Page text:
The Association is not in favour of such web sites being hosted by others but in in favour of each having its own domain name so that it is easily accessible.


The timescale for implementation is acceptable.
To encourage the implementation of the proposals grant aid should be made available to include training.









Chairing of Principal Councils (Chairs and Mayors of Principal Councils)


Question 9: Do you think the provisions relating to the Chairing of Principal Councils (Chairs and Mayors of Principal Councils) are appropriate?




The Association feels that standardisation should apply to all Authorities, not have different approaches in each.  Either Principal Authorities have a Mayor/Chair or they split the role on the basis of the Mayor being Civic and the Chair being Political.

The Public need to be able to understand the roles of the two positions and if each authority is different this causes confusion.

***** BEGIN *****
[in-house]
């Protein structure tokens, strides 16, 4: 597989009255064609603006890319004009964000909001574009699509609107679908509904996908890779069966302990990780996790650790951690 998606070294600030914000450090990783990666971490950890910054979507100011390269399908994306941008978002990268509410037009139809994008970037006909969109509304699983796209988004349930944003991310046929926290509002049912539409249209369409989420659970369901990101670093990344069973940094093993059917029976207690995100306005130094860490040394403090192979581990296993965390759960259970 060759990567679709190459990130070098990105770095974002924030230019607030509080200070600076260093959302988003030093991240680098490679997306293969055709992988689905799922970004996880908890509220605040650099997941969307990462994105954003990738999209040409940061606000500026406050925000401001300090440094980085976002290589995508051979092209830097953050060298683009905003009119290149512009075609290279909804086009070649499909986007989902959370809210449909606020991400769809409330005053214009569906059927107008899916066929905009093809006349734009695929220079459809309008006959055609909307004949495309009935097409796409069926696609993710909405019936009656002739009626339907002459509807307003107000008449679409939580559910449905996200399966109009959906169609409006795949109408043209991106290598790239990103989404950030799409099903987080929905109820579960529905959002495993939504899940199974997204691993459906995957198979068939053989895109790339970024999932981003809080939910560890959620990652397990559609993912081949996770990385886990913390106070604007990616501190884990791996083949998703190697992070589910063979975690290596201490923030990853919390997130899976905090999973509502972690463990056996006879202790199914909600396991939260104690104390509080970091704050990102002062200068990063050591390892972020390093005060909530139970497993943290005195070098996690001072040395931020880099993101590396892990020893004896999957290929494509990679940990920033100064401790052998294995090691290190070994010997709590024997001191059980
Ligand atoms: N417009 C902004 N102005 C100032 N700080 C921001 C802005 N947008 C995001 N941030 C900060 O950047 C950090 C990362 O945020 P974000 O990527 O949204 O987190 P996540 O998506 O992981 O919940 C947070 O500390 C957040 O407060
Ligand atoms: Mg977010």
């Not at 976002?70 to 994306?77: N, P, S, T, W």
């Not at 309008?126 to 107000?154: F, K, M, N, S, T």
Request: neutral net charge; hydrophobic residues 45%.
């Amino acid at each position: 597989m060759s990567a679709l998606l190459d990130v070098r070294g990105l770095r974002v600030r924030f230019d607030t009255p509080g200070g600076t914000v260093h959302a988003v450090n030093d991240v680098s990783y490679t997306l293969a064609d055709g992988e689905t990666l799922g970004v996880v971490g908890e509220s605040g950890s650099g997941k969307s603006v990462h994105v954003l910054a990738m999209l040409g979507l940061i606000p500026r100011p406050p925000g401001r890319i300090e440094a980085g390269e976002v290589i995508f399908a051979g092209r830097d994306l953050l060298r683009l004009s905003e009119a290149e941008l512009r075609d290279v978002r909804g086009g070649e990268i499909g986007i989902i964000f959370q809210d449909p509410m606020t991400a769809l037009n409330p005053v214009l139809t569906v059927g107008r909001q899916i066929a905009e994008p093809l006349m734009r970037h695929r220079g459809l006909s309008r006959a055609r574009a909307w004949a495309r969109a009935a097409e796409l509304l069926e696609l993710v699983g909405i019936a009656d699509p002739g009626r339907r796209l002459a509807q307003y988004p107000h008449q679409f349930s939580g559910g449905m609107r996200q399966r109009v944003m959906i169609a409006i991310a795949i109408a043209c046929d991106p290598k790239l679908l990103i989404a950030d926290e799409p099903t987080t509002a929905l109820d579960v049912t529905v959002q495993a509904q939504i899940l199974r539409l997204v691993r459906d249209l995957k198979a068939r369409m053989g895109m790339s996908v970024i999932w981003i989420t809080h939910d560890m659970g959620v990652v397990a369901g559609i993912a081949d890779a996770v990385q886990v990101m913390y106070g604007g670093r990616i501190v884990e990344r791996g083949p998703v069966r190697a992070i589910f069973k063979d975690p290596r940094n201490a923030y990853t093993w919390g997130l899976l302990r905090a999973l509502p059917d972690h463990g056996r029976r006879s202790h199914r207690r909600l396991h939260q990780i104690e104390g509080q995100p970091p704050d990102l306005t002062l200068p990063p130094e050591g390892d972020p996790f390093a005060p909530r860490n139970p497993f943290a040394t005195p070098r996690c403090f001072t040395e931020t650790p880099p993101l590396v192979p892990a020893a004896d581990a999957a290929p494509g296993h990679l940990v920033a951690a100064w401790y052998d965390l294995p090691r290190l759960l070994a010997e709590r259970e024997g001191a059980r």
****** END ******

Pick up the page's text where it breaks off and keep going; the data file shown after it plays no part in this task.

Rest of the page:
General Provisions of the Bill

Question 10: What are the potential barriers to implementing the provisions of the Bill (if any) and does the Bill take account of them?
The Association feels that the provisions will be adopted by Principal Authorities but that it will be more difficult to get full support to implement at Town and Community Council level.


Any cost implication to Town and Community Councils having to implement their aspects of the Bill should be borne by the Welsh Assembly. In particular the reference to web sites.


When considering boundary changes affecting the boundaries of the Town and Community Councils their views should be taken as a ‘material consideration’ and not just a consultee.  If the Town and Community Councils feel that they have been ‘taken note of’ there will be much more support for any proposals put forward with regard to boundary changes.